Request latency

Request latency measures the time it takes for a operation to be processed and to return a response to the client. Slow operations can lead to sluggish applications and frustrated users.

Request latency metrics provide crucial insights into the performance of various components of your services, such as , , and third-party services. This data can help you identify areas where optimization is needed.

Subscription notification latency

latency measures the time it takes for your graph to send updates to clients due to a change in your graph's data.

For example, imagine a chat app using like this:

  1. A is defined in your graph's schema. It might look something like this:

    type Subscription {
    newMessage(chatId: ID!): Message

    This subscription is called newMessage and takes a chatId as an . It is used to subscribe to new messages in a specific chat.

  2. A client application initiates a WebSocket connection to the graph. The WebSocket connection allows for real-time communication between the client and the graph.

  3. When a user joins a chat or opens a messaging window, the client sends a subscription registration request to the graph. For example:

    subscription {
    newMessage(chatId: "123") {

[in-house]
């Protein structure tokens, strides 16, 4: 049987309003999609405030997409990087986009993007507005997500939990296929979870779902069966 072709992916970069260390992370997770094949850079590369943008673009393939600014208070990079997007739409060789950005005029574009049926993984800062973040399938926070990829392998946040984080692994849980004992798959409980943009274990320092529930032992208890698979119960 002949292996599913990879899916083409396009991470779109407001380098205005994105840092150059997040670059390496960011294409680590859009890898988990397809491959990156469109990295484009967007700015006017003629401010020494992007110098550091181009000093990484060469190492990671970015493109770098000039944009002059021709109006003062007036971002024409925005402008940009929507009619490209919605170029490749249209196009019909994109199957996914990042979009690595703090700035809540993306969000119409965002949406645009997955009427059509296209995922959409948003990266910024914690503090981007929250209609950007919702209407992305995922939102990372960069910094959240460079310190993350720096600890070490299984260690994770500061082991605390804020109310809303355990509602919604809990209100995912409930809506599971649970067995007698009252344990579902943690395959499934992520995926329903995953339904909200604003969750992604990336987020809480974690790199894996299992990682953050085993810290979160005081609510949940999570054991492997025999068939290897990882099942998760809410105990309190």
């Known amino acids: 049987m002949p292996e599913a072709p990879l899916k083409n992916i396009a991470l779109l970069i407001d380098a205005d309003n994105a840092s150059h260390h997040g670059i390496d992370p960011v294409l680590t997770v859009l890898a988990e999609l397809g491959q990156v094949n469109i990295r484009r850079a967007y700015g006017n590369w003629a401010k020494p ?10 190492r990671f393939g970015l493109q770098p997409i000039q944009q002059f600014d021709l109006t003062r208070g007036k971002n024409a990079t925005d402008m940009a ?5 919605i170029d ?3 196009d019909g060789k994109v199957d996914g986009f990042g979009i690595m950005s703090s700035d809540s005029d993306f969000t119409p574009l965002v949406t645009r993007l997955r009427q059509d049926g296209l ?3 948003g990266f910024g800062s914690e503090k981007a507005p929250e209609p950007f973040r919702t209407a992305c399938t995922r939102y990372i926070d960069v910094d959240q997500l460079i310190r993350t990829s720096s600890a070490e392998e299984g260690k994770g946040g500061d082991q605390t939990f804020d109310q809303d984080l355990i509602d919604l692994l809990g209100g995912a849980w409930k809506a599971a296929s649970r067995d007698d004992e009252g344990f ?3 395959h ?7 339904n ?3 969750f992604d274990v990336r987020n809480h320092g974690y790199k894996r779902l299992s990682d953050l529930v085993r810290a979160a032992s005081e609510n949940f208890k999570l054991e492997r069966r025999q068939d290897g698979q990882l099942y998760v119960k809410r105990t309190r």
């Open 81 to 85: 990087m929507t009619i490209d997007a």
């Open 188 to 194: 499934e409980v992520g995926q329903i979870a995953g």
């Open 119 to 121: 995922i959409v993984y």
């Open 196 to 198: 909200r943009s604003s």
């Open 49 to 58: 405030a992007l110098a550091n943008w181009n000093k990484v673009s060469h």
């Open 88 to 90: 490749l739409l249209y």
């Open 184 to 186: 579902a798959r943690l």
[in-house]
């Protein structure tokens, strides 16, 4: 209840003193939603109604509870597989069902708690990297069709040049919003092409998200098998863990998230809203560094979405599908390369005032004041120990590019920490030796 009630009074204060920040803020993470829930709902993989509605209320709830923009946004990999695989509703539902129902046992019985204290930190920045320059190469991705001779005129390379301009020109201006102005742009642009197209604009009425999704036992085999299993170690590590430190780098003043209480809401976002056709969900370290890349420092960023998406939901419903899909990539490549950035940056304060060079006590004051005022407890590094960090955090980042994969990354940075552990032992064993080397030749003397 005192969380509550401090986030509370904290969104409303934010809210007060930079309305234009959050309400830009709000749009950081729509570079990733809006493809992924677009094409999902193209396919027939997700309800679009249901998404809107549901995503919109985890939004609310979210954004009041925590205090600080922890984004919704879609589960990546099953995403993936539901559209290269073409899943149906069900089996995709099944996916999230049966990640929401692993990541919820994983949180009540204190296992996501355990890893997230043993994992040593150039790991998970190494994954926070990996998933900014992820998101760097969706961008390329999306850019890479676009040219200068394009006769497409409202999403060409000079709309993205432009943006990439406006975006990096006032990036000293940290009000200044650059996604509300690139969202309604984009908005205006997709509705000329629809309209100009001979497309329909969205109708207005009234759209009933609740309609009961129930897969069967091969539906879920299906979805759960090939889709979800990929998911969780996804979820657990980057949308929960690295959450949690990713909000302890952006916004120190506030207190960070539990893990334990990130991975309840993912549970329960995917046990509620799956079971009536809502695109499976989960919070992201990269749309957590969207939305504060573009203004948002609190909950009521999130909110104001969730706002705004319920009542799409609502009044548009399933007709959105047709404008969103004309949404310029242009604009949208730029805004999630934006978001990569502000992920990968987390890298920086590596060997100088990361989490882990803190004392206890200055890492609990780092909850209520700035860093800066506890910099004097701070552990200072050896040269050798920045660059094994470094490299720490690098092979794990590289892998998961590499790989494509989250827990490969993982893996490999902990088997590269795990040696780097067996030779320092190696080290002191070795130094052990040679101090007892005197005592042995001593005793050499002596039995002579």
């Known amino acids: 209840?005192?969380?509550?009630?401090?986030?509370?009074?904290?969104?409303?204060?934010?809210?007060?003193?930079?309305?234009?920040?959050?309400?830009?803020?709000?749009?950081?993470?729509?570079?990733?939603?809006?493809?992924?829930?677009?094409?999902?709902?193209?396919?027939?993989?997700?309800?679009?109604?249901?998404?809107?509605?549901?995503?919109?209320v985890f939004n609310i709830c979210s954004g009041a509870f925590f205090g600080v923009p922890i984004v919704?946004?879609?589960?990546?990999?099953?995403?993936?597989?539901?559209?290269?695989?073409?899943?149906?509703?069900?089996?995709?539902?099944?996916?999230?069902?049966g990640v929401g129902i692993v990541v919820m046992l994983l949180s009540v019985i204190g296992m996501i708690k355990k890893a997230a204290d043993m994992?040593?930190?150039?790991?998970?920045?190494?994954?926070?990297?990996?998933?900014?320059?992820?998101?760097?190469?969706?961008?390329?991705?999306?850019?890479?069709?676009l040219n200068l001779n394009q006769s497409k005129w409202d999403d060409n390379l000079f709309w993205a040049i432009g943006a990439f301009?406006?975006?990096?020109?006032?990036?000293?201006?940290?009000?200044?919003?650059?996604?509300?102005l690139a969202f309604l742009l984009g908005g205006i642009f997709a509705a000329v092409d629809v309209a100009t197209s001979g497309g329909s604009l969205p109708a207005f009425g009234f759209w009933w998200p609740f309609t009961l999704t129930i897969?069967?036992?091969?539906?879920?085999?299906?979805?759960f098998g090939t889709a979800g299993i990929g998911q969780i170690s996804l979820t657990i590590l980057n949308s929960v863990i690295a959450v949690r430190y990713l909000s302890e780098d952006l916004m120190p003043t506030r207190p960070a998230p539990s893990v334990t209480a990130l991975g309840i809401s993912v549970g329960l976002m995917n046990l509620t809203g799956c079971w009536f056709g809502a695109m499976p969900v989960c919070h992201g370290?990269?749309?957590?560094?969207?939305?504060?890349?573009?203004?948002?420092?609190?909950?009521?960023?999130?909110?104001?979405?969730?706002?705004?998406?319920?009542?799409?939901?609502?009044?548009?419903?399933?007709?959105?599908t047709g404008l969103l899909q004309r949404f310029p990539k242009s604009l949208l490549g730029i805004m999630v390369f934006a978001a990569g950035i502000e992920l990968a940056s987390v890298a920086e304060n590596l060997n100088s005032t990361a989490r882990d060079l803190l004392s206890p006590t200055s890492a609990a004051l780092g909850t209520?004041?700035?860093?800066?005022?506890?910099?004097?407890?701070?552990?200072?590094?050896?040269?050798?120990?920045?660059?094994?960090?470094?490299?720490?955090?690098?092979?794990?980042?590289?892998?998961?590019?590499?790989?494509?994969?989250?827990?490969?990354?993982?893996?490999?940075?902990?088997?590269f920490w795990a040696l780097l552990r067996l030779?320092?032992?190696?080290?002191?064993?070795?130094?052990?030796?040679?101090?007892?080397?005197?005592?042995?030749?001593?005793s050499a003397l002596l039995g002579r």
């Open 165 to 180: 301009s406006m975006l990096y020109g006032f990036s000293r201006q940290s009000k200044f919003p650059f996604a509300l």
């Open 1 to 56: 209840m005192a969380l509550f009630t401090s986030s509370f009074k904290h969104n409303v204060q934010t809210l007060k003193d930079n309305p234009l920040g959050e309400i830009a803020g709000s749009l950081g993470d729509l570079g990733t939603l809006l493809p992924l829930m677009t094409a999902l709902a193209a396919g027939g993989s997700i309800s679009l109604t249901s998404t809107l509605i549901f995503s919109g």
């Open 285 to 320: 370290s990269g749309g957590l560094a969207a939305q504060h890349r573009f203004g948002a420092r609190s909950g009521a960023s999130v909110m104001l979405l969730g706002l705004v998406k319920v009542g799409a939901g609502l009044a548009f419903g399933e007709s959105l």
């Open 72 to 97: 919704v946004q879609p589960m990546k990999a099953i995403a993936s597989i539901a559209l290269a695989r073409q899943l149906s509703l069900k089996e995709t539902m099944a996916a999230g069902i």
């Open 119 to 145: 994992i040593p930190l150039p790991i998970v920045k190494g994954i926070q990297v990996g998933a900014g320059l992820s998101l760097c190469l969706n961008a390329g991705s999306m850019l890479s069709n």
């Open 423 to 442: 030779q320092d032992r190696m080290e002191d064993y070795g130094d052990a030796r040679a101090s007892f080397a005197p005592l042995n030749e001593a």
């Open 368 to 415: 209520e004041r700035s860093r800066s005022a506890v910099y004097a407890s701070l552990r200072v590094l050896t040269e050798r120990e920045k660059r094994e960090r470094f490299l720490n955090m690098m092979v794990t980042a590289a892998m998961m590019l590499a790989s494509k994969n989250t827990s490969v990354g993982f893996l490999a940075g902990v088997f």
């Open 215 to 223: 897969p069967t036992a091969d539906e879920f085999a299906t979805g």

This subscription registration tells the graph to send new messages for the chat with chatId "123" to the client in real-time. The client specifies which fields of the Message type it wants to receive.

  4. When a user sends a new message within the specified chat, the client initiates a GraphQL to create the message. A mutation handles the request, including inserting data and returning a response.

  5. The graph publishes the new message data to the subscribed clients. It sends the new message data as a response to the client's subscription over the WebSocket connection.

  6. The client application receives the new message data and updates the chat interface in real-time. The user sees the incoming message instantly without needing to refresh or manually request updates.

The subscription notification latency is the time between steps 5 and 6, from when your graph sends the update—often via your router—to when the client receives it.

Low latency is crucial for real-time applications to deliver data promptly. High latency can indicate network issues. It can also indicate slow resolver performance or inefficient data fetching for federated subscriptions.

Federated subscription notification latency

Federated subscriptions are subscriptions that rely on data from multiple . Federated subscriptions have an additional step after step 3: the must fetch data from any other necessary subgraphs before publishing an aggregated response to clients.

Apollo Router

For federated subscriptions, latency is measured from when the router receives a response from one 's resolver until the client receives an aggregated response, including the time it takes the router to fetch data from subsequent subgraphs and aggregate it into a single response.

Since fetching data from subsequent subgraphs requires those subgraphs' resolvers to complete, high latency in federated can indicate slow resolver performance.